Glutamic acid, one of the amino acids upon which every single protein is built in the human body, is chemically indistinguishable from the acid salt, MSG. Once you ingest MSG, it dissociates into sodium and the glutamate, which will be absorbed and utilized by the body.

All forms of glutamate/glutamic acid/MSG are EXACTLY the same from a chemical standpoint. The human body cannot tell the difference between the amino acid, glutamic acid, and the salt form of that acid, monosodium glutamate.

You might want to invent some difference between the three forms, to make some case that MSG is more dangerous, but that would require a complete rewriting of what we know about basic chemistry. Also you’d win a Nobel Prize for doing so.

MSG does have a sodium, but it’s actually less by weight than an equivalent amount of table salt. Salt is considered a fundamental additive to good tasting savory foods, and using MSG would make an improved taste, with less sodium.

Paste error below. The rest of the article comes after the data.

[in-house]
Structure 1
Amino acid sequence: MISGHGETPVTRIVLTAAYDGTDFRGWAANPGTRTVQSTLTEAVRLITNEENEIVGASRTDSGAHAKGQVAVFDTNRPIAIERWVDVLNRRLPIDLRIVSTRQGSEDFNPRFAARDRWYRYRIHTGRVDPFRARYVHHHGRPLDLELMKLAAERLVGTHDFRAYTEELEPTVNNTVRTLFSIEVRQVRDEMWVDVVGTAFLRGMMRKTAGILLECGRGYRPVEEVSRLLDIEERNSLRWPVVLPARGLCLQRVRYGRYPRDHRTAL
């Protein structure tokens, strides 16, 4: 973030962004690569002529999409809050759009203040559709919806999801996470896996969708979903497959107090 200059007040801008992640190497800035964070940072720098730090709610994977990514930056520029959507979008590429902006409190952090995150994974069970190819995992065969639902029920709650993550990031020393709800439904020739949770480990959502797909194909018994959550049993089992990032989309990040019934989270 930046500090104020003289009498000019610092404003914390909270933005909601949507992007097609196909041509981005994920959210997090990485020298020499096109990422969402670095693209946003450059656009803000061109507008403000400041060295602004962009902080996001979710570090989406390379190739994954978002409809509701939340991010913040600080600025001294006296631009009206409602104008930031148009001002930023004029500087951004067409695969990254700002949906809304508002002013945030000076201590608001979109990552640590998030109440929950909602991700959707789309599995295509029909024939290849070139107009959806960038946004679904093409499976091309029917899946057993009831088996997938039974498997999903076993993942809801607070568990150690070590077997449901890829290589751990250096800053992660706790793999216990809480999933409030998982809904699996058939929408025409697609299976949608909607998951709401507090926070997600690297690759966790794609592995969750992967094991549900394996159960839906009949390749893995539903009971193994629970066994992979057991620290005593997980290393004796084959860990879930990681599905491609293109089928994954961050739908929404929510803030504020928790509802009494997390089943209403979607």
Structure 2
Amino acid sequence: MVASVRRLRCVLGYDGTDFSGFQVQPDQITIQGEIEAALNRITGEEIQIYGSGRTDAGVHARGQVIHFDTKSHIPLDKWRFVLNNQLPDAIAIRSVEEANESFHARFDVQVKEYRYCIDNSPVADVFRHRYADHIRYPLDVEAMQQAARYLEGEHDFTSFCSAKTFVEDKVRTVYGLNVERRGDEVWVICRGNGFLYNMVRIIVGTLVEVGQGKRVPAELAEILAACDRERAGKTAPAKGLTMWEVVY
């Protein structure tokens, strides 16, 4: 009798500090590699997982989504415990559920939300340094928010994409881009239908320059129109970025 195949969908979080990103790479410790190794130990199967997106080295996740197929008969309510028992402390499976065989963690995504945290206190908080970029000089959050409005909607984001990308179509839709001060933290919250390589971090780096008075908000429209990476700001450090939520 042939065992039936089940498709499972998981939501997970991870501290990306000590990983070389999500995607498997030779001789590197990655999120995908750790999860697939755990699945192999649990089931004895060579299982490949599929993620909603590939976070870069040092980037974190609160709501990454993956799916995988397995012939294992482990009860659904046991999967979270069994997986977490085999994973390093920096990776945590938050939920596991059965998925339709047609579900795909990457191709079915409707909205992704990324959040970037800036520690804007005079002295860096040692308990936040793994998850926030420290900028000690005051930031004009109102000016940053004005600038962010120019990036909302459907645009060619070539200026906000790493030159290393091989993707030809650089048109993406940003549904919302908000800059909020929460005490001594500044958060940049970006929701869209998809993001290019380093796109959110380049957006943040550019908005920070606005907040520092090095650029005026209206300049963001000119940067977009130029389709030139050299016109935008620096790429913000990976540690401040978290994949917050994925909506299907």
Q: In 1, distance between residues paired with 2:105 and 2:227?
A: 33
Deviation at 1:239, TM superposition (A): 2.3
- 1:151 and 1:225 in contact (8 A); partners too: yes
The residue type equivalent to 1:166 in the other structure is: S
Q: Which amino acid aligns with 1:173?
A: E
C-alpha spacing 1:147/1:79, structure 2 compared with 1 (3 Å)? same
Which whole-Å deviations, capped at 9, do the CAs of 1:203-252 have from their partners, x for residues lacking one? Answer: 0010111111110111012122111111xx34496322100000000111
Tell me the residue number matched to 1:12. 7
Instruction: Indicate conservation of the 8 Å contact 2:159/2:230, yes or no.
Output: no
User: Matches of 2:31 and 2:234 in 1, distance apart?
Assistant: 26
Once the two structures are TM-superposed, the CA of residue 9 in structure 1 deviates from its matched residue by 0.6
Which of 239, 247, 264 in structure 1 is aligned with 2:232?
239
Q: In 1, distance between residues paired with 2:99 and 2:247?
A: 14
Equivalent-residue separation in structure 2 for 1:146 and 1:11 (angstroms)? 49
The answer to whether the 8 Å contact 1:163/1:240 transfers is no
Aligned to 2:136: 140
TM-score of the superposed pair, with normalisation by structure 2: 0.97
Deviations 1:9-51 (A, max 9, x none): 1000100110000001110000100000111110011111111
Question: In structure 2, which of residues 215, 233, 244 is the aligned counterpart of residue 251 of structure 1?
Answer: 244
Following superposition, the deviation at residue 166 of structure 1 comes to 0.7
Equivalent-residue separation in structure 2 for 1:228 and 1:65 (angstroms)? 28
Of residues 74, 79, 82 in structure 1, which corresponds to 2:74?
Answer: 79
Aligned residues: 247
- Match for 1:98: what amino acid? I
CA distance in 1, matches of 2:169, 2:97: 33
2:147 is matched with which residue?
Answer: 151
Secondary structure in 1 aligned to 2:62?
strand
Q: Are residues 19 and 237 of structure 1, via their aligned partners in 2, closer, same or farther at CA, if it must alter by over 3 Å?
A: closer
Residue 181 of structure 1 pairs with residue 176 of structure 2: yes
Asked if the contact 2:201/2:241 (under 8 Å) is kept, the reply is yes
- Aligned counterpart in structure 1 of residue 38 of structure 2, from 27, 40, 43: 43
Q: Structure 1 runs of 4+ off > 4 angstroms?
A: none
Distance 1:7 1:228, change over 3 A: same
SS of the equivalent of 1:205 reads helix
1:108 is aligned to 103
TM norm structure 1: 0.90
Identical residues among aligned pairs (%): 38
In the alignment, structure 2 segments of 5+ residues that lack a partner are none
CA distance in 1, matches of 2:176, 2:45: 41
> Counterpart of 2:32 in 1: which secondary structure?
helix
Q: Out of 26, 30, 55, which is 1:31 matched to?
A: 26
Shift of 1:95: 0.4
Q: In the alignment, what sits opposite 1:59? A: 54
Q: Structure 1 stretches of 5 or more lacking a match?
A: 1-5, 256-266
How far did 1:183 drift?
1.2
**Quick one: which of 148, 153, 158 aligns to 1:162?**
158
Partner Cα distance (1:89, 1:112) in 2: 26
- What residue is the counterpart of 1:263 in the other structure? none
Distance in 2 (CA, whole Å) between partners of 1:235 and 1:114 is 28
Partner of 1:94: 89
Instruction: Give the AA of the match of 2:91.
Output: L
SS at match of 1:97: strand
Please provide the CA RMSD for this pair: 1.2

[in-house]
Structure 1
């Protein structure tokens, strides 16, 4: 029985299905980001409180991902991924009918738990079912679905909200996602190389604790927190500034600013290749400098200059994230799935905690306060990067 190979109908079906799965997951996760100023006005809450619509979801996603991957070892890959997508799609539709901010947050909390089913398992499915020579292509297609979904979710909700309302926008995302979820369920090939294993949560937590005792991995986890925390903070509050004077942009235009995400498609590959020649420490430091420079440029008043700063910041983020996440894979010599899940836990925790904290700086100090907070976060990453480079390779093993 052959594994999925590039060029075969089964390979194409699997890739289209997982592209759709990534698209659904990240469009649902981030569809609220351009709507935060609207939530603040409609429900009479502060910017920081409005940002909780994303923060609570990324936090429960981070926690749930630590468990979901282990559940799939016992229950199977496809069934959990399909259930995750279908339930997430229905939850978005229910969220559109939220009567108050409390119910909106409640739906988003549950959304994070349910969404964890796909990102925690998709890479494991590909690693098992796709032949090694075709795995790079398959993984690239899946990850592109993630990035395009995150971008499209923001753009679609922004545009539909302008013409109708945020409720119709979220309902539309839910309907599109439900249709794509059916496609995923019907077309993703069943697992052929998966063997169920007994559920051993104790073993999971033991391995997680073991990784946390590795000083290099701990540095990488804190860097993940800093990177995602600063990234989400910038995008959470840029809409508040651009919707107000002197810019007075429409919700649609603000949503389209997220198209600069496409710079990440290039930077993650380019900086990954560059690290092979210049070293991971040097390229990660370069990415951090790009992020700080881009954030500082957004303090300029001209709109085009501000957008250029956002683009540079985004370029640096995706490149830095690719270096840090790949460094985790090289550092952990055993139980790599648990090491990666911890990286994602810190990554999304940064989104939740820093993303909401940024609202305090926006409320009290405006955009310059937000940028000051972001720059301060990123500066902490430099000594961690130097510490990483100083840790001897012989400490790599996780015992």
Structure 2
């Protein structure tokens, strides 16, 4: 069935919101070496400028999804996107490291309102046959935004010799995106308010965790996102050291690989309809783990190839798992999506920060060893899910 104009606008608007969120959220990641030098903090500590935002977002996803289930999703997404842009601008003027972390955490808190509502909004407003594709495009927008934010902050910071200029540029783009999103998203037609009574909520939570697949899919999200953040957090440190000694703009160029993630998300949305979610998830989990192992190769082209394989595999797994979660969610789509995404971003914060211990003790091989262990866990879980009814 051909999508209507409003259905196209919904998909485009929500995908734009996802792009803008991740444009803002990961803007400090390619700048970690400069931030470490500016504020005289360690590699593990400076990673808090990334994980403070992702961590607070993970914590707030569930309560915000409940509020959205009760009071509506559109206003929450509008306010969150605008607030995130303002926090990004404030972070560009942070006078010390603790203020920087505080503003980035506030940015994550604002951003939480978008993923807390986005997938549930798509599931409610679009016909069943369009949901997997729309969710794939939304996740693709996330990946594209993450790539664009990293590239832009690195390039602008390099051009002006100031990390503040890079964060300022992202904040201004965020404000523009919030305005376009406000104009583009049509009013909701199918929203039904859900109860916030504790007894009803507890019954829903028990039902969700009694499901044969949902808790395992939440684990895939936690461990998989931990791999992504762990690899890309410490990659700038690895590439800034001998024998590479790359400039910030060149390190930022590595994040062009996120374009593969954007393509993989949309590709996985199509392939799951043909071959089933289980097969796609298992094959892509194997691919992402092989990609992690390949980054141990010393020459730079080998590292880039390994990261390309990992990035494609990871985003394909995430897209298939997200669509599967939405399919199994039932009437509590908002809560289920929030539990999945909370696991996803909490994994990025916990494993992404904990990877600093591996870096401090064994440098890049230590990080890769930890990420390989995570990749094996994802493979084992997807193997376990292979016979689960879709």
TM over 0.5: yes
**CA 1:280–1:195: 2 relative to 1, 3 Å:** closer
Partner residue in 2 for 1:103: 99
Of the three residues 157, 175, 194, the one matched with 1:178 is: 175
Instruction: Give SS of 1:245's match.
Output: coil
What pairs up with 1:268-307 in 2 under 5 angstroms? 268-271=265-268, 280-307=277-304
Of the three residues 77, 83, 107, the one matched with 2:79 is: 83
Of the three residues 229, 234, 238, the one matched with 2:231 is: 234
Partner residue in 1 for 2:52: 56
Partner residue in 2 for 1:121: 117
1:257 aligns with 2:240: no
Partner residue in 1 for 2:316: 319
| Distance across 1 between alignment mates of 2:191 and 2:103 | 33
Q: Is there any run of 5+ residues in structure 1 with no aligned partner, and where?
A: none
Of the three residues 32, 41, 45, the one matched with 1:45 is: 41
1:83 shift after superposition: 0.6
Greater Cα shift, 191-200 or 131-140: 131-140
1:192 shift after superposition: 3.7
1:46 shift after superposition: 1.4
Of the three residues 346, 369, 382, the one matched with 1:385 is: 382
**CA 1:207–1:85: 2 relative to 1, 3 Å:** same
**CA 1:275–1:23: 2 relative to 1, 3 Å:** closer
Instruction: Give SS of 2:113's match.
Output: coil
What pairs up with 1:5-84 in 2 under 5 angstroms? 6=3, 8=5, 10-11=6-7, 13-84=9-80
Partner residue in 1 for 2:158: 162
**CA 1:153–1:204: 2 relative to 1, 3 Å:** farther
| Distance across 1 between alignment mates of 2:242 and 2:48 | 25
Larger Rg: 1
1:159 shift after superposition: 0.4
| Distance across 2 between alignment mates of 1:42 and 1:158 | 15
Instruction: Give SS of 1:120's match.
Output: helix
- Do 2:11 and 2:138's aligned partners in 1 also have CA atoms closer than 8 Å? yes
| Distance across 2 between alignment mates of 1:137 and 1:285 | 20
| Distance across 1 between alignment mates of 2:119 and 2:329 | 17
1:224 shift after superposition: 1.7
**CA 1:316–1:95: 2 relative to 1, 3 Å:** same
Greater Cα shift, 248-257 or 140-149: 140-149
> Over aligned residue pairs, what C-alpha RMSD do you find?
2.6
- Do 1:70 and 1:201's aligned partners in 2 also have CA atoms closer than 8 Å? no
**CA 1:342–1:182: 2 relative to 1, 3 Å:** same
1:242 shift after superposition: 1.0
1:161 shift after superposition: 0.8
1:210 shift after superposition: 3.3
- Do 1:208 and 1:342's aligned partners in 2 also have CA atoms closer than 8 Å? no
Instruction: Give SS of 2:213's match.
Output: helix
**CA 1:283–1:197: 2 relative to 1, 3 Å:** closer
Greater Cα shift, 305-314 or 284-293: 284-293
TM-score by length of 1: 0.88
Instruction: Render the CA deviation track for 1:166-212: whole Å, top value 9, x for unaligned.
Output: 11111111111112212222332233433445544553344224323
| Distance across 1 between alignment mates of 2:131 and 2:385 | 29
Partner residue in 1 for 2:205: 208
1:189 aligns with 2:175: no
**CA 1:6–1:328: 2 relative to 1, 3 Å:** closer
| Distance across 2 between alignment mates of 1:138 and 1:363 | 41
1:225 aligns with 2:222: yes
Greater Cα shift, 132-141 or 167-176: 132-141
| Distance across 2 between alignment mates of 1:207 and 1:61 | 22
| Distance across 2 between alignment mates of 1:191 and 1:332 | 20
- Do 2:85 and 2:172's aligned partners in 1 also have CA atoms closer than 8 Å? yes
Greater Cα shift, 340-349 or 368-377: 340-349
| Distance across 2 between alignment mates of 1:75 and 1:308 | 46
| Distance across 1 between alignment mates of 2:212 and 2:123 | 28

Science.

Chef John said...

This is the problem when debating the use of MSG, since yes, it is "safe" and "natural" and not poisonous or toxic....

All that is true, BUT, it's also true that MSG is a major contributor to the obesity problem. Did you know researchers feed mice and rats MSG to fatten them up faster for their studies? So, I don't want people arguing about whether MSG is safe, but rather if it's a good idea to eat large quantities on a regular basis. I don't believe most people who defend MSG realize the effects it has on blood sugar levels, cravings, and fat production. I welcome you all to do your own research in this area, and not focus on the same tired old arguments about whether MSG is "safe." My bottom line, A little bit of MSG once in a while in high-quality food is fine, and will do no damage, BUT lots of MSG, in crappy food (for example, your typical American drive-through), is a bad idea.

Jason Smith said...

Searing in a Nonstick pan.... You broke my heart, Mitzewich

Jeff Van Rooy said...